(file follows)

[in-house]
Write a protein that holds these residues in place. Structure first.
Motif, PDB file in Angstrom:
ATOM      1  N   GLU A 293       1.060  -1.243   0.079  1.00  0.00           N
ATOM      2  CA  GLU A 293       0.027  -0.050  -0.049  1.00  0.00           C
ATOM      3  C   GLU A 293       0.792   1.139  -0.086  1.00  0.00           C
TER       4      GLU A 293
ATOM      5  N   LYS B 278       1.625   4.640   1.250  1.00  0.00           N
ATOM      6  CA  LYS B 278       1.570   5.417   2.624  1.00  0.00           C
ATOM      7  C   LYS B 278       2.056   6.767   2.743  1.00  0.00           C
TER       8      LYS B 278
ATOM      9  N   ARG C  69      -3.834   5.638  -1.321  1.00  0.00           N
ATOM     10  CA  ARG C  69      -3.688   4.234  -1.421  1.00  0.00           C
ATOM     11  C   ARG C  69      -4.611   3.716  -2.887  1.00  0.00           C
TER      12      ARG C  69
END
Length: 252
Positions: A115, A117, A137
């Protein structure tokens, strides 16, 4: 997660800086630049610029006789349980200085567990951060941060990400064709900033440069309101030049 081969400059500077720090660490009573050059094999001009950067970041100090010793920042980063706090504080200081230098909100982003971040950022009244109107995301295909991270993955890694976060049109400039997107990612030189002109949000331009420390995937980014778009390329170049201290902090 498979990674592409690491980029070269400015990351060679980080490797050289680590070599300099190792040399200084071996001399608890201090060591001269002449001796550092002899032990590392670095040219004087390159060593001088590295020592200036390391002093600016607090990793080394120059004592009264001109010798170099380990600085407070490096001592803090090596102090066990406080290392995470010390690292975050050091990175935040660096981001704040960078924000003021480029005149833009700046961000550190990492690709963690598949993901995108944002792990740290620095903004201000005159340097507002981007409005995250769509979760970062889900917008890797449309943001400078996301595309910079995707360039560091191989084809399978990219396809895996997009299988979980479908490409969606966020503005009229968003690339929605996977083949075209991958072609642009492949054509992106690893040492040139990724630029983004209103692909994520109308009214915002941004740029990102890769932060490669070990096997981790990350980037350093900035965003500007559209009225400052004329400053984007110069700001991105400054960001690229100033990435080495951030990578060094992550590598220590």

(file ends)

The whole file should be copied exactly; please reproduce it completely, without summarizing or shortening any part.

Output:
[in-house]
Write a protein that holds these residues in place. Structure first.
Motif, PDB file in Angstrom:
ATOM      1  N   GLU A 293       1.060  -1.243   0.079  1.00  0.00           N
ATOM      2  CA  GLU A 293       0.027  -0.050  -0.049  1.00  0.00           C
ATOM      3  C   GLU A 293       0.792   1.139  -0.086  1.00  0.00           C
TER       4      GLU A 293
ATOM      5  N   LYS B 278       1.625   4.640   1.250  1.00  0.00           N
ATOM      6  CA  LYS B 278       1.570   5.417   2.624  1.00  0.00           C
ATOM      7  C   LYS B 278       2.056   6.767   2.743  1.00  0.00           C
TER       8      LYS B 278
ATOM      9  N   ARG C  69      -3.834   5.638  -1.321  1.00  0.00           N
ATOM     10  CA  ARG C  69      -3.688   4.234  -1.421  1.00  0.00           C
ATOM     11  C   ARG C  69      -4.611   3.716  -2.887  1.00  0.00           C
TER      12      ARG C  69
END
Length: 252
Positions: A115, A117, A137
């Protein structure tokens, strides 16, 4: 997660800086630049610029006789349980200085567990951060941060990400064709900033440069309101030049 081969400059500077720090660490009573050059094999001009950067970041100090010793920042980063706090504080200081230098909100982003971040950022009244109107995301295909991270993955890694976060049109400039997107990612030189002109949000331009420390995937980014778009390329170049201290902090 498979990674592409690491980029070269400015990351060679980080490797050289680590070599300099190792040399200084071996001399608890201090060591001269002449001796550092002899032990590392670095040219004087390159060593001088590295020592200036390391002093600016607090990793080394120059004592009264001109010798170099380990600085407070490096001592803090090596102090066990406080290392995470010390690292975050050091990175935040660096981001704040960078924000003021480029005149833009700046961000550190990492690709963690598949993901995108944002792990740290620095903004201000005159340097507002981007409005995250769509979760970062889900917008890797449309943001400078996301595309910079995707360039560091191989084809399978990219396809895996997009299988979980479908490409969606966020503005009229968003690339929605996977083949075209991958072609642009492949054509992106690893040492040139990724630029983004209103692909994520109308009214915002941004740029990102890769932060490669070990096997981790990350980037350093900035965003500007559209009225400052004329400053984007110069700001991105400054960001690229100033990435080495951030990578060094992550590598220590």